Examples of cabrón
Examples of cabrón
Where does cabrón come from?
Cabrón begins as a “male goat,” with chiva as its female counterpart. But Spanish speakers are clever, and earthy, with their slang.
Goats have a reputation for eating anything, hence their association with the lowly likes of a “bastard.” But, as is often the case in slang, negative words can get a positive spin. Think bad, sick, ill, or wicked in English. This inversion also took place for cabrón, which evolved to name someone who is exceptionally skilled at something—a badass.
So, is cabrón bad or good?! Well, if you’re an English speaker, you can tell the difference just fine between calling something shit as opposed to calling something the shit. Spanish speakers do this for cabrón.
Many English speakers will encounter cabrón in reggaeton, a genre of music massively popular throughout Latin America and the US. A few notable songs include 2015’s “Flow Cabrón” (badass sense) by Dominican-American singer Arcángel and “Esta Cabrón” (bastard sense) by Puerto Rican rappers Ñejo and Gotay.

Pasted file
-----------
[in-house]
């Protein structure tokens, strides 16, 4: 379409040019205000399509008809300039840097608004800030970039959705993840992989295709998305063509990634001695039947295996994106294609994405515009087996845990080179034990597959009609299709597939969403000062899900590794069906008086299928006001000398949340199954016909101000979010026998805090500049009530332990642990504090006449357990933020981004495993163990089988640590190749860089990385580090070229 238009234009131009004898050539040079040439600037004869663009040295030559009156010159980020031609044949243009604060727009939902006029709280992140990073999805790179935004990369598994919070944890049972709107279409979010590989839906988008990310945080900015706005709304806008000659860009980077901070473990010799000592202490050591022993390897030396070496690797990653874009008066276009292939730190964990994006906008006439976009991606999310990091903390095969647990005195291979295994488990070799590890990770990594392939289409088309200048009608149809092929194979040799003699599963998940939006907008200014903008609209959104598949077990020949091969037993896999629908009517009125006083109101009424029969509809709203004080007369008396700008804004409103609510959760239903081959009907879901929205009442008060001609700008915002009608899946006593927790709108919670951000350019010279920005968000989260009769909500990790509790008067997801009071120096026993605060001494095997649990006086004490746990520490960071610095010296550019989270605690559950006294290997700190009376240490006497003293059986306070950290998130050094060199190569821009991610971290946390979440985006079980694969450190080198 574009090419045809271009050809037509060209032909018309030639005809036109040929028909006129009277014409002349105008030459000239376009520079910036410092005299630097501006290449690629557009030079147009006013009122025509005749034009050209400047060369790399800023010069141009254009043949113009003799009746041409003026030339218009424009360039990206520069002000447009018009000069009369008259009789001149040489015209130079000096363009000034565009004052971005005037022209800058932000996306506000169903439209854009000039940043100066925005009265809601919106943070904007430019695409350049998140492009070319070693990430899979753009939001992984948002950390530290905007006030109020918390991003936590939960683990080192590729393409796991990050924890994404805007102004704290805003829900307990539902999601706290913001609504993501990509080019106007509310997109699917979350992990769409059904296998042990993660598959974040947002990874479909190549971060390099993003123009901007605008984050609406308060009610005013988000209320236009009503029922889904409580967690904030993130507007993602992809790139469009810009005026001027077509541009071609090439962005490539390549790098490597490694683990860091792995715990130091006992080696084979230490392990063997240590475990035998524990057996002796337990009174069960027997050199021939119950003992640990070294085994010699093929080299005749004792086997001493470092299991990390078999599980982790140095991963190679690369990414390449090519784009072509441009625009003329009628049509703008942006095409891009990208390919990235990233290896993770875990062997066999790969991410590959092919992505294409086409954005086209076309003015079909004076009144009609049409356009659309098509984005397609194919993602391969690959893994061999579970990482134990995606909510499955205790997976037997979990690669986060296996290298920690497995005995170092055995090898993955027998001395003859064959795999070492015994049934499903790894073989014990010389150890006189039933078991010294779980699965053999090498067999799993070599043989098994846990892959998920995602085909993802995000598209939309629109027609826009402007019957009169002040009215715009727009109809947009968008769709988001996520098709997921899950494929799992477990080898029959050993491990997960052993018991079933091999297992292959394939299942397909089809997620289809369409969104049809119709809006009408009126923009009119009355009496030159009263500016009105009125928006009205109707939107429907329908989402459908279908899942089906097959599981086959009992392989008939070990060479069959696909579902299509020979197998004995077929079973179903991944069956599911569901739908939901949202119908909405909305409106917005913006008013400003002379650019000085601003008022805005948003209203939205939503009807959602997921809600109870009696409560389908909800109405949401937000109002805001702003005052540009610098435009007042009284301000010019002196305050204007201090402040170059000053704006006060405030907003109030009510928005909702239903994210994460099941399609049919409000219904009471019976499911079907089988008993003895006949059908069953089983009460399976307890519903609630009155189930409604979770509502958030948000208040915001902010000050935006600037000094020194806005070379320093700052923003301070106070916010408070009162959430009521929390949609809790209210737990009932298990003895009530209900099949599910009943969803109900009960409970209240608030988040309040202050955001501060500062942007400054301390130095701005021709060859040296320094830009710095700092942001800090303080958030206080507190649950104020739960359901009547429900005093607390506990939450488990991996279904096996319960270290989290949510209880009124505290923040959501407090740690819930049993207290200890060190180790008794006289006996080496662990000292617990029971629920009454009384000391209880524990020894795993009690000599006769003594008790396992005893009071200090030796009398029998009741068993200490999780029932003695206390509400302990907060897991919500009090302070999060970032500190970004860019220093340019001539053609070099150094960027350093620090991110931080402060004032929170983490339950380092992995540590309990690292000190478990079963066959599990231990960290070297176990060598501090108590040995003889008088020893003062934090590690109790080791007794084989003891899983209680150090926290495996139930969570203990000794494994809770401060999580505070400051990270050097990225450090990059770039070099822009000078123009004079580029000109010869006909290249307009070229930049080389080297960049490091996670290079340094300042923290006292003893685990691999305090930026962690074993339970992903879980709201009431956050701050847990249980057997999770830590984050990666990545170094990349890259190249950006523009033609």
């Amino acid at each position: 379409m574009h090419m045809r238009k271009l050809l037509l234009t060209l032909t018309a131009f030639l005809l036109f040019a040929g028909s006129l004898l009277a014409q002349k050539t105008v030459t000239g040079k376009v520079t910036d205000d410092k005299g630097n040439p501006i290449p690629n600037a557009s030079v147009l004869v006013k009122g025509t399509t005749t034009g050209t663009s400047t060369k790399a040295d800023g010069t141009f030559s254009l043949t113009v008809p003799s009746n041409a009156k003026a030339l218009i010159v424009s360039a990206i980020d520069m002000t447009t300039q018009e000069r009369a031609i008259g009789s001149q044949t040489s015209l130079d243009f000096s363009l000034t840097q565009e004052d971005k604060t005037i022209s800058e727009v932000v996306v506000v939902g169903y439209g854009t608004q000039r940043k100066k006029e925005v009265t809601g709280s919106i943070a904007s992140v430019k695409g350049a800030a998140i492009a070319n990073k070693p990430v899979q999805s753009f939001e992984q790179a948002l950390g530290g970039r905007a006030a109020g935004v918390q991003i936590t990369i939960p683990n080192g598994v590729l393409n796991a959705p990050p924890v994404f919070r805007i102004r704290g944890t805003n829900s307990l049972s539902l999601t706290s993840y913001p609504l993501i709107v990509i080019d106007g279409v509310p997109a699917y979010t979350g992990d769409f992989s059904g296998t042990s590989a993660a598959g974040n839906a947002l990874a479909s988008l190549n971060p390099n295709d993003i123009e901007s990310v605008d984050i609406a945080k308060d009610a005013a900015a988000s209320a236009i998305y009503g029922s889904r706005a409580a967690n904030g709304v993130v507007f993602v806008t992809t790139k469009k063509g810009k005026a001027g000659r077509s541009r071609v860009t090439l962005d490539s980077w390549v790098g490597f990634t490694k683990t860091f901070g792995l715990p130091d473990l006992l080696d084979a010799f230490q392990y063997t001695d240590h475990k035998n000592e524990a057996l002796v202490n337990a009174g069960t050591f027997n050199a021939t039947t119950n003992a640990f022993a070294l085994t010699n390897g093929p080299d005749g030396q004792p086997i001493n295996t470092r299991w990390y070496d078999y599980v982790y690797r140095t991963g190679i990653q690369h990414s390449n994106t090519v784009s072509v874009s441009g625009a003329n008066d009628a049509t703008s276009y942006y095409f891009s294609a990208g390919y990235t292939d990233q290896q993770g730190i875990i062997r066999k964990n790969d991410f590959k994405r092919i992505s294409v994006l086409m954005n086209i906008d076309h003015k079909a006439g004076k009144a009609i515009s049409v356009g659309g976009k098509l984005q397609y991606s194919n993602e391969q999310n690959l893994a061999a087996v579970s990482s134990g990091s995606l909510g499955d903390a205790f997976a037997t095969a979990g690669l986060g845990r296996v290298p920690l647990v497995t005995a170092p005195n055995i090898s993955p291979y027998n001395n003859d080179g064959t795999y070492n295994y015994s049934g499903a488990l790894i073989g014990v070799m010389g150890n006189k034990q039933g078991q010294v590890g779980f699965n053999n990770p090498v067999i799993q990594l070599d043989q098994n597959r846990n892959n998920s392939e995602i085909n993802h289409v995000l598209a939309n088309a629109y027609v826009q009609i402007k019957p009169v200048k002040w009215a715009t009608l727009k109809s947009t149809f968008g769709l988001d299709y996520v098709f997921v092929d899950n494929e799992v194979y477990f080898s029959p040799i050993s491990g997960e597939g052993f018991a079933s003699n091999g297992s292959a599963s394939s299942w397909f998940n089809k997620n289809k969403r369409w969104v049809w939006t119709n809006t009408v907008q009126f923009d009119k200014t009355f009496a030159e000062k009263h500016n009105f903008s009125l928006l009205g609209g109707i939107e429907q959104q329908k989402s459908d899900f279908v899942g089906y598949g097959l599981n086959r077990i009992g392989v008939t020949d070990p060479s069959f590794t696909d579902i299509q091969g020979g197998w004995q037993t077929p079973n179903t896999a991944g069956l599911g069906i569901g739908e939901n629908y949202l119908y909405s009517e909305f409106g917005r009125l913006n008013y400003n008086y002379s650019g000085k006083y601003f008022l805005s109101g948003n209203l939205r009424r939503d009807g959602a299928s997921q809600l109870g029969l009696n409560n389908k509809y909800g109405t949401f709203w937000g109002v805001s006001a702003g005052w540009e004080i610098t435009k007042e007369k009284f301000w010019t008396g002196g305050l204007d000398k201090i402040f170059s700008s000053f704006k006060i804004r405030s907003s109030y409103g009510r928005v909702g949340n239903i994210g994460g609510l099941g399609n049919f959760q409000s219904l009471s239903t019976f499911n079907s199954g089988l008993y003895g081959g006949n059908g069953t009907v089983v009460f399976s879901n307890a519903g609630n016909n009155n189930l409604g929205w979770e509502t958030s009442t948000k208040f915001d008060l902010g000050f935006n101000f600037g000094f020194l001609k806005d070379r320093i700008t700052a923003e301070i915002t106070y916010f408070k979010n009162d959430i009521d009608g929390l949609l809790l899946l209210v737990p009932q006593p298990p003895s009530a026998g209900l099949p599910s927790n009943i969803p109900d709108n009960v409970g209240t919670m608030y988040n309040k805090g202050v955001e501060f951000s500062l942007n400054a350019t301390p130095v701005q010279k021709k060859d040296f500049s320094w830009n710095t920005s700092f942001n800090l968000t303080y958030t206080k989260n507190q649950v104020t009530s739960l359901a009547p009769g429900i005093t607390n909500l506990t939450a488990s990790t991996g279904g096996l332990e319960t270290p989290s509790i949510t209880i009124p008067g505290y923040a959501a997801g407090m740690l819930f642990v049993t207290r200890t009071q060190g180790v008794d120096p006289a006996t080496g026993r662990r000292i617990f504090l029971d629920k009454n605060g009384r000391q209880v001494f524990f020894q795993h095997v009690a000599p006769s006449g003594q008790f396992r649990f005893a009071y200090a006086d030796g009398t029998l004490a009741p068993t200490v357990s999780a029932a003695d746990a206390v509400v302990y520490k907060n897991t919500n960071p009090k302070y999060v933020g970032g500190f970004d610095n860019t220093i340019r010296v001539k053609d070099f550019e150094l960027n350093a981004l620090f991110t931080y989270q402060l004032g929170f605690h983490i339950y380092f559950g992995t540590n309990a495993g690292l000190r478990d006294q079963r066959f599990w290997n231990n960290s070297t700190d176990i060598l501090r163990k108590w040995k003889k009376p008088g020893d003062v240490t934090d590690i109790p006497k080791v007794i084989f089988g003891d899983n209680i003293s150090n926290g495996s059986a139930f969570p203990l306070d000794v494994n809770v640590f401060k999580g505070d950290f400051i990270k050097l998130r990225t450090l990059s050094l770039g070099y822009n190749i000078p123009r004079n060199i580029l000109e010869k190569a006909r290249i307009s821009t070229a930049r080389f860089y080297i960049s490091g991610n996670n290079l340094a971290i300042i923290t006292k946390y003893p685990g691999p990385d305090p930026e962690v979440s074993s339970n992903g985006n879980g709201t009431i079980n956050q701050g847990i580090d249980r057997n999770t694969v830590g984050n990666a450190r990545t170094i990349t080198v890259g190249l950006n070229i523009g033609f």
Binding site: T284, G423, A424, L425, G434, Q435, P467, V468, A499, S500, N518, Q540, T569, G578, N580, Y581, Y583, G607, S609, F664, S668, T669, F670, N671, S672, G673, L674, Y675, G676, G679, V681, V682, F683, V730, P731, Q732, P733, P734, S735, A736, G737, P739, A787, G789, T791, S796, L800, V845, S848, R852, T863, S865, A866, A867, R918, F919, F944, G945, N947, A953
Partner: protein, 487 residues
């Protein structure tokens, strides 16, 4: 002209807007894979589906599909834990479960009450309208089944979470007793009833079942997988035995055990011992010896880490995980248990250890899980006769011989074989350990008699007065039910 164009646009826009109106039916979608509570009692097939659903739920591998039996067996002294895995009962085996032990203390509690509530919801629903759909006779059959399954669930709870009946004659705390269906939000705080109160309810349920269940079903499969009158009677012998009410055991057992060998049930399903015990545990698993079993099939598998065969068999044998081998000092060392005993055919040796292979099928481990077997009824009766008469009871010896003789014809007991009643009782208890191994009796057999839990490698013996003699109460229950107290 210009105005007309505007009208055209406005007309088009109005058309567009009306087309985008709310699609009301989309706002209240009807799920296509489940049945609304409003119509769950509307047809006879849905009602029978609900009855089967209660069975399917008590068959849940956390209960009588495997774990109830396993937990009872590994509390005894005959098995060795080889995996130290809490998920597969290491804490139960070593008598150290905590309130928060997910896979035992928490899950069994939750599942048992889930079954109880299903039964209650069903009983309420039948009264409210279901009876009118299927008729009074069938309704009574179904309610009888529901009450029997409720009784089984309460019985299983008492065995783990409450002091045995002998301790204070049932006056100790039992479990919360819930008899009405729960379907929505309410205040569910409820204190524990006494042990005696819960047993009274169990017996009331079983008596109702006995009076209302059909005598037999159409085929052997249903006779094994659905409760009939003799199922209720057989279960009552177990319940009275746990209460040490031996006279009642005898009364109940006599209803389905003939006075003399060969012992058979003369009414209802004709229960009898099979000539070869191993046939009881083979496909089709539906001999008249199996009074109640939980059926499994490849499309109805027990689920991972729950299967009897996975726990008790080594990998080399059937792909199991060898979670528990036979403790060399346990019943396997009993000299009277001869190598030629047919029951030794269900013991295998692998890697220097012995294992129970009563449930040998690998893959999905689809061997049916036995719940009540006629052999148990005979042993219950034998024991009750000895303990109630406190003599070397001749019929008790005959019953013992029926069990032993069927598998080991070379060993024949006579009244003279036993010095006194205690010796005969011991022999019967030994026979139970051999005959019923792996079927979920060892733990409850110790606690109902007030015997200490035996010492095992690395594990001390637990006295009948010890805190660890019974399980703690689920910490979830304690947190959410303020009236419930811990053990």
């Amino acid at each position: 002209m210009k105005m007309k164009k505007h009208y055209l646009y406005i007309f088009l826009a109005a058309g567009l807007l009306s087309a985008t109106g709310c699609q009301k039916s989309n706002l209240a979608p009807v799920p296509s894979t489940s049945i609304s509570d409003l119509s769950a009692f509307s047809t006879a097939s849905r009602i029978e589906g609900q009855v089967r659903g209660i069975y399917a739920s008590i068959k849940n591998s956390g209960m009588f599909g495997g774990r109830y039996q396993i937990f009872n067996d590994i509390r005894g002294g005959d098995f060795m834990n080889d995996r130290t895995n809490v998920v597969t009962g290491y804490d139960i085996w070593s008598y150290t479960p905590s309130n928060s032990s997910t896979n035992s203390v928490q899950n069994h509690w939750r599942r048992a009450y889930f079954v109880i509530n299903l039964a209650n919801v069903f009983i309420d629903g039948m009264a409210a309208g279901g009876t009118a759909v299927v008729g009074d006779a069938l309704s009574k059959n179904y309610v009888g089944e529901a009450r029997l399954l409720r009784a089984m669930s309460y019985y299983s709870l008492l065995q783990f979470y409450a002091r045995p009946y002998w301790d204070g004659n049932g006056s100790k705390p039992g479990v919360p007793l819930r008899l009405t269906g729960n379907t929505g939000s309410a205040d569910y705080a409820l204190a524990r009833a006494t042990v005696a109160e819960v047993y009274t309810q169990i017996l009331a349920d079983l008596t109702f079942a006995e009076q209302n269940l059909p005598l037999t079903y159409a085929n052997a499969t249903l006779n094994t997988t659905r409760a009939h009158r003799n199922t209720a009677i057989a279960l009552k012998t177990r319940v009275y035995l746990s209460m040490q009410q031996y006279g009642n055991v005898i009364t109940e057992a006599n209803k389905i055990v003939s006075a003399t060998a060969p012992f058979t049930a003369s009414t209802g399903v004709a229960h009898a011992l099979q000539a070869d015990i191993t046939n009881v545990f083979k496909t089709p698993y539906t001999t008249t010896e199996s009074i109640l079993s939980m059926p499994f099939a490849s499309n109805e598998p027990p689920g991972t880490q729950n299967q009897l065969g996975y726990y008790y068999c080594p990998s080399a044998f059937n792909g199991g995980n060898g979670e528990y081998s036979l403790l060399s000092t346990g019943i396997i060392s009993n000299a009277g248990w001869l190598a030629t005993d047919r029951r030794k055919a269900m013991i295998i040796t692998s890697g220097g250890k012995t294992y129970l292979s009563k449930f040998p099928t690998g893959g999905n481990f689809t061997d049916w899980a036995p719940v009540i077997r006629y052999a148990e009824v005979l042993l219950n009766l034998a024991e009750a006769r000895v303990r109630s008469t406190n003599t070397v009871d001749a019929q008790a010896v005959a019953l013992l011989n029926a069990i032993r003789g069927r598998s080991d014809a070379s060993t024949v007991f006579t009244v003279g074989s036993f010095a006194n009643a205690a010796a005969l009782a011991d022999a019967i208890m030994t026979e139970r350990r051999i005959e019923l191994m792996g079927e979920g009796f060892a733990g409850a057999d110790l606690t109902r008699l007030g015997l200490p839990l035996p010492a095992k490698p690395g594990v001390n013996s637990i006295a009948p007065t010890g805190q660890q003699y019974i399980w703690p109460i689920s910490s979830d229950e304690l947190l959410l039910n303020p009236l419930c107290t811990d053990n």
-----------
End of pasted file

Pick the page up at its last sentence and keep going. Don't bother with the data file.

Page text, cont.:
A more mainstream instance comes from American rockers The Red Hot Chili Peppers, who released a song called “Cabrón” in 2002. The song, whose chorus repeats cabrón, is about frustrations with a menacing individual, possibly a gang member, hence cabrón.
Who uses cabrón?
Context is everything with cabrón, as it can be an actual male goat, a bastard, something awesome, someone very skilled, or a term of endearment among bros.
It’s widespread in the Spanish-speaking word, including Latin America and especially in Mexico, where it enjoys especial “badassery.” In Nicaragua, a cabrón can more specifically refer to a man who has been cheated on, or cuckold.
So, if your buddy does something great, you might call them cabrón. If you’re looking to pick a fight with a stranger, though, call them cabrón. The female equivalent is cabróna, “or bitch,” not chiva.
Mom, you owe me 500 dollars. / You owe me your life, bastard.